CONCLUSIONS: Substance use in the prison population is not only widespread and heavy but is also strongly linked with a higher risk of developing mental health problems. The need for early detection and early intervention in prison is discussed.

PMID: 27136461 [PubMed - as supplied by publisher]

Process evaluation of a technology-delivered screening and brief intervention for substance use in primary care.

Tue, 04/26/2016 - 6:00am

Process evaluation of a technology-delivered screening and brief intervention for substance use in primary care.

Internet Interv. 2016 May 1;4(Pt 1):11-16

Authors: Ondersma SJ, Gryczynski J, Mitchell SG, O'Grady KE, Schwartz RP

Abstract
Psychotherapy process research examines the content of treatment sessions and their association with outcomes in an attempt to better understand the interactions between therapists and clients, and to elucidate mechanisms of behavior change. A similar approach is possible in technology-delivered interventions, which have an interaction process that is always perfectly preserved and rigorously definable. The present study sought to examine the process of participants' interactions with a computer-delivered brief intervention for drug use, from a study comparing computer- and therapist-delivered brief interventions among adults at two primary health care centers in New Mexico. Specifically, we sought to describe the pattern of participants' (N=178) choices and reactions throughout the computer-delivered brief intervention, and to examine associations between that process and intervention response at 3-month follow-up. Participants were most likely to choose marijuana as the first substance they wished to discuss (n = 114, 64.0%). Most participants indicated that they had not experienced any problems as a result of their drug use (n = 108, 60.7%), but nearly a third of these (n = 32, 29.6%) nevertheless indicated a desire to stop or reduce its use; participants who did report negative consequences were most likely to endorse financial or relationship concerns. However, participant ratings of the importance of change or of the helpfulness of personalized normed feedback were unrelated to changes in substance use frequency. Design of future e-interventions should consider emphasizing possible benefits of quitting rather than the negative consequences of drug use, and-when addressing consequences-should consider focusing on the impacts of substance use on relationship and financial aspects. These findings are an early but important step toward using process evaluation to optimize e-intervention content.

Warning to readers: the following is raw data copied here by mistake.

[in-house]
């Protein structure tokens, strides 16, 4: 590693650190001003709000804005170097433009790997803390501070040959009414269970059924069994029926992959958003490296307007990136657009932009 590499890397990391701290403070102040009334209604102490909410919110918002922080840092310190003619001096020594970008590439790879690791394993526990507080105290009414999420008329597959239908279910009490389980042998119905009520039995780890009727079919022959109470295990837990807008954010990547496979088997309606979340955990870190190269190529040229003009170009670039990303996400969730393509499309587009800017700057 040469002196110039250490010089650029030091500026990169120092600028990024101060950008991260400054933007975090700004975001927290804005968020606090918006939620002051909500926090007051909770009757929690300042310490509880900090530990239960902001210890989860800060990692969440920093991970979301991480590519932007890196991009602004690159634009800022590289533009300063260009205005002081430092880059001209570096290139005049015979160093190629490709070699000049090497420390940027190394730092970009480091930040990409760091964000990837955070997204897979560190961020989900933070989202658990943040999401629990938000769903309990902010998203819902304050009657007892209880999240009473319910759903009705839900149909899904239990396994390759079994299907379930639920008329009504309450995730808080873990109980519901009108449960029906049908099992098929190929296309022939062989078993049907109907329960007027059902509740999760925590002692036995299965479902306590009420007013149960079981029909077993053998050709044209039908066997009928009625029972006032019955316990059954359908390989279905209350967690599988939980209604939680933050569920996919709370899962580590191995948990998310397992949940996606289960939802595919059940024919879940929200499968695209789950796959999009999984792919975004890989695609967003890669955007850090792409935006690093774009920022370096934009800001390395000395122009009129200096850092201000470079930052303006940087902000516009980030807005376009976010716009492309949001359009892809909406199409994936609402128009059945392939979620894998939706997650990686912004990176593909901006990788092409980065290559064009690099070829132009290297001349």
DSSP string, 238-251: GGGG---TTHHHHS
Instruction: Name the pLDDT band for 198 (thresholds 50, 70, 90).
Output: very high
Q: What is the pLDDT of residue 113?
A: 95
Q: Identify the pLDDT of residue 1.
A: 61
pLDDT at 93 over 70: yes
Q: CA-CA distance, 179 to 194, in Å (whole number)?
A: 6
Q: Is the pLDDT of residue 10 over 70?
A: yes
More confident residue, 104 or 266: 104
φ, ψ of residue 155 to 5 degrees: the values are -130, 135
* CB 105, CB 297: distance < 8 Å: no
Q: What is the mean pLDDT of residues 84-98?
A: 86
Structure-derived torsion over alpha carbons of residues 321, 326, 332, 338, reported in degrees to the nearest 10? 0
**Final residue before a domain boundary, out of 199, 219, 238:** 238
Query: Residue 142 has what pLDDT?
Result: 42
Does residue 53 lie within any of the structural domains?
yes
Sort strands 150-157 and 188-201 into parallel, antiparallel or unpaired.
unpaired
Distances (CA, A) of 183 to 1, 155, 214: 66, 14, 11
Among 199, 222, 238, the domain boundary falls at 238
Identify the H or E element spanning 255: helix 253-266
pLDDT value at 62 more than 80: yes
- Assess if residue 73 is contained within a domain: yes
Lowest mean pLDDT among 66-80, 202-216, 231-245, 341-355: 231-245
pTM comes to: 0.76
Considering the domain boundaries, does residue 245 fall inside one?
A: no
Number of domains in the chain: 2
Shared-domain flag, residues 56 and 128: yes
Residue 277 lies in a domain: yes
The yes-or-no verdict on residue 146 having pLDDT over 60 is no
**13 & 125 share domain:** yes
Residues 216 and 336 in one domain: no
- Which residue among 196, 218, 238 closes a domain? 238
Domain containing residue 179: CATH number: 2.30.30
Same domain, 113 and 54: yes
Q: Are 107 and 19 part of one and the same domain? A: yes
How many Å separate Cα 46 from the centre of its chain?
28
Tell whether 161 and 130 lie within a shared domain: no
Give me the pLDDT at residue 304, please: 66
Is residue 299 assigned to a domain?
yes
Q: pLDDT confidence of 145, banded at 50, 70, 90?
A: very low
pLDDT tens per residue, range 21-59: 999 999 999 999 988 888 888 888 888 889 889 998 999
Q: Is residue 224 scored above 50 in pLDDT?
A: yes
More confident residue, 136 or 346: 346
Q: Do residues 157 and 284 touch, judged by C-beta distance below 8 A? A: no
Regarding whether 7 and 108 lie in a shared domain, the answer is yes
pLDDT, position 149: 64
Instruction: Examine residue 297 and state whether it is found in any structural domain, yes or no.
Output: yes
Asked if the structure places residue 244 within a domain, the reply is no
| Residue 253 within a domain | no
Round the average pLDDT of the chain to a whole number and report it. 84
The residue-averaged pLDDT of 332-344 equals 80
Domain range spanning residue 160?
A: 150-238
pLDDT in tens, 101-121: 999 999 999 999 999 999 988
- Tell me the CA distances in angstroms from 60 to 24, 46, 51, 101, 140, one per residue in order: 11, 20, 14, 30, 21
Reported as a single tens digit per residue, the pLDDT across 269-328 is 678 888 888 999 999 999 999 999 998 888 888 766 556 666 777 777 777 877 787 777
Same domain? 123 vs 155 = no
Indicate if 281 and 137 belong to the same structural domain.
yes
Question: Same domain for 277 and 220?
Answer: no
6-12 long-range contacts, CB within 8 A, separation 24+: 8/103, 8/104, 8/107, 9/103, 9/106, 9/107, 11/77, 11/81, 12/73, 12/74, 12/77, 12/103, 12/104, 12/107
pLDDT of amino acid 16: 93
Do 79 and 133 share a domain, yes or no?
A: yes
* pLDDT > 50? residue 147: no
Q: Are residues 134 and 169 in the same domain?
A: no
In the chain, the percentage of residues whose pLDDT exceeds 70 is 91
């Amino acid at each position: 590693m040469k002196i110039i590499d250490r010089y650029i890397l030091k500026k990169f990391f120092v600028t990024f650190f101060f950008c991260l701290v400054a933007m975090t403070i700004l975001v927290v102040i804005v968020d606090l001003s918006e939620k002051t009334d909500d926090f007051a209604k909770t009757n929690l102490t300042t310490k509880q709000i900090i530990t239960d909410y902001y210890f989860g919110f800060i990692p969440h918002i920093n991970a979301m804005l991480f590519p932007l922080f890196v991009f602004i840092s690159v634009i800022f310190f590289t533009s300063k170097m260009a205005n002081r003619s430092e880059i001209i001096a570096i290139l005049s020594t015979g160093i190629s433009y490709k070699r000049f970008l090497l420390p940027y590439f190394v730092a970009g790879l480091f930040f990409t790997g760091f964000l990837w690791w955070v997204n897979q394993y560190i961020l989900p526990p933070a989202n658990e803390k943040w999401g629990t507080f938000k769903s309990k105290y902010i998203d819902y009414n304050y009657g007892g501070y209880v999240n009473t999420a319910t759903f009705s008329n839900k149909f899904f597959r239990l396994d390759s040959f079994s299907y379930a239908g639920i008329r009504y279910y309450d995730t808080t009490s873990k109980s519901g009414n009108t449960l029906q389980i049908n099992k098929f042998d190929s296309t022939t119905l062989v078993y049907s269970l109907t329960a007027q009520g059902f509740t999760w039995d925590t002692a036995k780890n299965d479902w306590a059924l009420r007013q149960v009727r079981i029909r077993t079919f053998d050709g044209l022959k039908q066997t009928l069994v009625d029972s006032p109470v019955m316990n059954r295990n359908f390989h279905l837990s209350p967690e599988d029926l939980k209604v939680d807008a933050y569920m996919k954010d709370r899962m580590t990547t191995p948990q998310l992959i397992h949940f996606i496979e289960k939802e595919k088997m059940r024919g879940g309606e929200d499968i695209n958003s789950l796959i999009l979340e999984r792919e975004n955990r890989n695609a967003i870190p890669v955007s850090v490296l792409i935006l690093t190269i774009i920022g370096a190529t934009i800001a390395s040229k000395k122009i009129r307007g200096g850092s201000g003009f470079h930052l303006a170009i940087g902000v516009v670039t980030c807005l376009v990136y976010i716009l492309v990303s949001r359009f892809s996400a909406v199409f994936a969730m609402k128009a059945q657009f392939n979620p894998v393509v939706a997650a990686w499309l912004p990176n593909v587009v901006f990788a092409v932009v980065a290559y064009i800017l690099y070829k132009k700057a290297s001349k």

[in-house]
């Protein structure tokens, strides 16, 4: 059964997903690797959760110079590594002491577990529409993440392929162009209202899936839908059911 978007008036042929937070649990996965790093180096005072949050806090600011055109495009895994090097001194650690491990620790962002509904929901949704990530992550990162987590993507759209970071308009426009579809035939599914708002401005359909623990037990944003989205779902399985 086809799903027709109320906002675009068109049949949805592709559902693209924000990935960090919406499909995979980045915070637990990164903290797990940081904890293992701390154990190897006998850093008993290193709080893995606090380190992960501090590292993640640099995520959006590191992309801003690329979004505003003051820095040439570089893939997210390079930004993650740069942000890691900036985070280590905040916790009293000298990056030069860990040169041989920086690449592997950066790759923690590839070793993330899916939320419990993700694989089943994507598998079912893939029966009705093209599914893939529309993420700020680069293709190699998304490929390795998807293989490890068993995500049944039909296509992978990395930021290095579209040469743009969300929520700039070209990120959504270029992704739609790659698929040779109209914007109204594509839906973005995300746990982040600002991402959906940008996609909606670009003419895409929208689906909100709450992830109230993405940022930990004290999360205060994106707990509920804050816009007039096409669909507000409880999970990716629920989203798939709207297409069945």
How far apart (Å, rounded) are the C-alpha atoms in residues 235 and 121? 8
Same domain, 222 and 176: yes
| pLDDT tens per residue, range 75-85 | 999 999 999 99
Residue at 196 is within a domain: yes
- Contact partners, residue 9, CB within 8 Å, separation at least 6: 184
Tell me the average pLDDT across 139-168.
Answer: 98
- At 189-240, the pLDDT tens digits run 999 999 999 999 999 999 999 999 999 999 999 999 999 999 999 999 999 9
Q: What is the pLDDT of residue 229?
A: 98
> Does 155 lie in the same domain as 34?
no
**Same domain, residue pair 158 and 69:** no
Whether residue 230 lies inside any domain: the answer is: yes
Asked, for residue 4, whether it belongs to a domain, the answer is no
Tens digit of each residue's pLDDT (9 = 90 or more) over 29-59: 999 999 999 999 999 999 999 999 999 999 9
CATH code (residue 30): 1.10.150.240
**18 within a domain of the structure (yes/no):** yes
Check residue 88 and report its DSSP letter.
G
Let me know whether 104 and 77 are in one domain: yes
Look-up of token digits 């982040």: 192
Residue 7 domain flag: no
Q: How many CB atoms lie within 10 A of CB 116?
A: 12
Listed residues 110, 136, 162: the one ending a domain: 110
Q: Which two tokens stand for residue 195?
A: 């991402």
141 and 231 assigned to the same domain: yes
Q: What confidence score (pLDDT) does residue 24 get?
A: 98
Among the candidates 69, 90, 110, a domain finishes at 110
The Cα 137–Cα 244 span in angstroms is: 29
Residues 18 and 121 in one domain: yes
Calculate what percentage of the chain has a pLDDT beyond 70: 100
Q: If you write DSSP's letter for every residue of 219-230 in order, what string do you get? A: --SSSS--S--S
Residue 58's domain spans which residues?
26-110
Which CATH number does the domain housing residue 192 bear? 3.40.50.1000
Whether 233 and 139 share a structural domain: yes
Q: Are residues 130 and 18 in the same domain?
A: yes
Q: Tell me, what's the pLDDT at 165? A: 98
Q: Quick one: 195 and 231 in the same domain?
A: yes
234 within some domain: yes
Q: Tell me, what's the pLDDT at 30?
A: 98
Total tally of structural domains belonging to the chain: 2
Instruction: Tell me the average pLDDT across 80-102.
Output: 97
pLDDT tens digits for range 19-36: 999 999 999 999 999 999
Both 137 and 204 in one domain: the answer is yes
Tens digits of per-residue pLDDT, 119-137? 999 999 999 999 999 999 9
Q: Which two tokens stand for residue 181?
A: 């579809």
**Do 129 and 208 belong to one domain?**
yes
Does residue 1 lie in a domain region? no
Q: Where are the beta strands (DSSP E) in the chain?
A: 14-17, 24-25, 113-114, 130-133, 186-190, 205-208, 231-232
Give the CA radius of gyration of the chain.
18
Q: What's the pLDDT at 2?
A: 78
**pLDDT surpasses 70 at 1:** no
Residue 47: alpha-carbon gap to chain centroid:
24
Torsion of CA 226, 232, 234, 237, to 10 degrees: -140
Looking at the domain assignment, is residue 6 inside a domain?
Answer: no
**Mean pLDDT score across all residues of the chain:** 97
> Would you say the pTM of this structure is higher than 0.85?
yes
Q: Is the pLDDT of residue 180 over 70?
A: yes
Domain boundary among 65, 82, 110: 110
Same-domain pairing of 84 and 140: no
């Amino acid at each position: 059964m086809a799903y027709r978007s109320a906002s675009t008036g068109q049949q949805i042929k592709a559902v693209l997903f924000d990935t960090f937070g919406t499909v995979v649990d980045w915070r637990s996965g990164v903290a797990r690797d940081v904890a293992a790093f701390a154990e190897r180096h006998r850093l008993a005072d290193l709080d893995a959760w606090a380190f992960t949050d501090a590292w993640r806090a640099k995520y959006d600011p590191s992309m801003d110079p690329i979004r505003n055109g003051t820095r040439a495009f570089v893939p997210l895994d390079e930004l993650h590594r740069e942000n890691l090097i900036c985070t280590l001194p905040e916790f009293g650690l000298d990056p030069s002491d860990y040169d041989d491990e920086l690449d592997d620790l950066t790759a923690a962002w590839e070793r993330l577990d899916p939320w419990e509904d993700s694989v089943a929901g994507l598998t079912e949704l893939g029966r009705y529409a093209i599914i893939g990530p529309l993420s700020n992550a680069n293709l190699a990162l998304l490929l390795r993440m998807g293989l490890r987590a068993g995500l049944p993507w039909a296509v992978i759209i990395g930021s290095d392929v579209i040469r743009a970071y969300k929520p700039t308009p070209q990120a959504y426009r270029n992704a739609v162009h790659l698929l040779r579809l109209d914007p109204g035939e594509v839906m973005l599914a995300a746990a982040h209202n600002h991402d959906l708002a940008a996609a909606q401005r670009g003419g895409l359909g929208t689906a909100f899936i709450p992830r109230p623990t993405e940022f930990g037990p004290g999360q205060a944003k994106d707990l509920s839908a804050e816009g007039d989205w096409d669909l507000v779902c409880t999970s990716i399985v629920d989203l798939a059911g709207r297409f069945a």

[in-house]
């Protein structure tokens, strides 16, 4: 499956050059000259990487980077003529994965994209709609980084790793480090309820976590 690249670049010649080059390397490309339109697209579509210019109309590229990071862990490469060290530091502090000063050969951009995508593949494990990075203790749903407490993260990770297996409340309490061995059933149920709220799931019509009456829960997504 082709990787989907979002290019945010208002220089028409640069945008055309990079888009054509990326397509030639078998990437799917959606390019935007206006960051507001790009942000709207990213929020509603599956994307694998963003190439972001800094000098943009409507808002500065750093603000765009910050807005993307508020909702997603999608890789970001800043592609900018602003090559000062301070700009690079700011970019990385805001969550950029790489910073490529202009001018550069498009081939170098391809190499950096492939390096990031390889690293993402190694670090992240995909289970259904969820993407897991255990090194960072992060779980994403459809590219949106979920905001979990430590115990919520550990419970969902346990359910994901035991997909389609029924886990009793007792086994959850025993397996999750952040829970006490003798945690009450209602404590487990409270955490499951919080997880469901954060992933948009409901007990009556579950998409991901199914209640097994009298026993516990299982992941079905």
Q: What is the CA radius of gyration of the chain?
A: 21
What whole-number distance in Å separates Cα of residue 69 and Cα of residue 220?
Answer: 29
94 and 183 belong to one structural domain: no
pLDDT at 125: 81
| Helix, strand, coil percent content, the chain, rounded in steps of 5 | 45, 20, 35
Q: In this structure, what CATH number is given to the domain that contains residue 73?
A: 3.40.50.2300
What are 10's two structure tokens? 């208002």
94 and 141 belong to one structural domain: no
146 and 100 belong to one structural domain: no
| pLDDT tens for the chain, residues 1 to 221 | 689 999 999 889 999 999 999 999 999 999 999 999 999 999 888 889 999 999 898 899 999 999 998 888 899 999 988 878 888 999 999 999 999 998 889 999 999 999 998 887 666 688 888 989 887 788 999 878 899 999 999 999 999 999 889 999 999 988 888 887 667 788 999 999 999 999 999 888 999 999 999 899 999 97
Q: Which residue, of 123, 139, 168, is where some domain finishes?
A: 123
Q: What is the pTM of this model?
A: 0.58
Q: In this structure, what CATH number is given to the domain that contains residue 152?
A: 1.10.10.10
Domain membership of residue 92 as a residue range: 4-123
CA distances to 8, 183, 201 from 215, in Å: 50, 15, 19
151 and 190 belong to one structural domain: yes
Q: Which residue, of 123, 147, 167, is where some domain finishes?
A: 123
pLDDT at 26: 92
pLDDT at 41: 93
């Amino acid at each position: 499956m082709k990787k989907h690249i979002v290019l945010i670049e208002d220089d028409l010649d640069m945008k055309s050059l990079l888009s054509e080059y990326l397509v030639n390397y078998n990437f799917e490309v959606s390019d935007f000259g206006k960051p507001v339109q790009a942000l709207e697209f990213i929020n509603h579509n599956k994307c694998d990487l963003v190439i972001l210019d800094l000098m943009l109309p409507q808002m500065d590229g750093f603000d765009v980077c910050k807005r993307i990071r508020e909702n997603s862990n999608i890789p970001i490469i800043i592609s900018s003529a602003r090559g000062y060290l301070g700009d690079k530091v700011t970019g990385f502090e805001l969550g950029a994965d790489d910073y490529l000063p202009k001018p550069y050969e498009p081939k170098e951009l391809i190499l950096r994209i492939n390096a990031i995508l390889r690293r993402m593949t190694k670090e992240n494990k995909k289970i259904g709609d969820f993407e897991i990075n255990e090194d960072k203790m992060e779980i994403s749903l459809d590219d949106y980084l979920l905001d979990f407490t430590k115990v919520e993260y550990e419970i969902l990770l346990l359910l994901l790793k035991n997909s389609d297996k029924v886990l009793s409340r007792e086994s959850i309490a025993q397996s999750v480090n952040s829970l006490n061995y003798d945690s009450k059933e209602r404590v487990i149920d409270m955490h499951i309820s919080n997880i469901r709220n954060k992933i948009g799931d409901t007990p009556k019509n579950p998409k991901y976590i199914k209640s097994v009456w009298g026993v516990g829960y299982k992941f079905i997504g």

PMID: 27110494 [PubMed - as supplied by publisher]

Examining multi-session brief intervention for substance use in primary care: research methods of a randomized controlled trial.

Wed, 04/20/2016 - 6:00am

Examining multi-session brief intervention for substance use in primary care: research methods of a randomized controlled trial.

Addict Sci Clin Pract. 2016;11(1):8

Authors: Chambers JE, Brooks AC, Medvin R, Metzger DS, Lauby J, Carpenedo CM, Favor KE, Kirby KC

Abstract